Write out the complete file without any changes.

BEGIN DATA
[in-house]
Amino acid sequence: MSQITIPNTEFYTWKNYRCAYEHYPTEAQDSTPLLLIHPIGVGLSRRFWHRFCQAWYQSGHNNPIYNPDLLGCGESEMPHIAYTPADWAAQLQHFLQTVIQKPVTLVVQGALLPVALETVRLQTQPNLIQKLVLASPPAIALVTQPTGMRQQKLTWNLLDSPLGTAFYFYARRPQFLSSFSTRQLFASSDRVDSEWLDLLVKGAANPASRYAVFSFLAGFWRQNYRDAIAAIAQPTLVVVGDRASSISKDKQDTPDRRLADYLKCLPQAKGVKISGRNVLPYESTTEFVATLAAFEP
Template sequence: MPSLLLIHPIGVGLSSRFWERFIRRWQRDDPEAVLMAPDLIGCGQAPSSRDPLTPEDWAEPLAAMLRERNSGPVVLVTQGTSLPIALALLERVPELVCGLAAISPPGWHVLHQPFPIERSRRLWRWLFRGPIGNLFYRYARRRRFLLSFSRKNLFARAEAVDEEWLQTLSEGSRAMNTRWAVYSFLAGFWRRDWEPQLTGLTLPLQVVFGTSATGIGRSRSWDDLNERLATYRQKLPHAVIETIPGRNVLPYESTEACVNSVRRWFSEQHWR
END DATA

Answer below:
[in-house]
Amino acid sequence: MSQITIPNTEFYTWKNYRCAYEHYPTEAQDSTPLLLIHPIGVGLSRRFWHRFCQAWYQSGHNNPIYNPDLLGCGESEMPHIAYTPADWAAQLQHFLQTVIQKPVTLVVQGALLPVALETVRLQTQPNLIQKLVLASPPAIALVTQPTGMRQQKLTWNLLDSPLGTAFYFYARRPQFLSSFSTRQLFASSDRVDSEWLDLLVKGAANPASRYAVFSFLAGFWRQNYRDAIAAIAQPTLVVVGDRASSISKDKQDTPDRRLADYLKCLPQAKGVKISGRNVLPYESTTEFVATLAAFEP
Template sequence: MPSLLLIHPIGVGLSSRFWERFIRRWQRDDPEAVLMAPDLIGCGQAPSSRDPLTPEDWAEPLAAMLRERNSGPVVLVTQGTSLPIALALLERVPELVCGLAAISPPGWHVLHQPFPIERSRRLWRWLFRGPIGNLFYRYARRRRFLLSFSRKNLFARAEAVDEEWLQTLSEGSRAMNTRWAVYSFLAGFWRRDWEPQLTGLTLPLQVVFGTSATGIGRSRSWDDLNERLATYRQKLPHAVIETIPGRNVLPYESTEACVNSVRRWFSEQHWR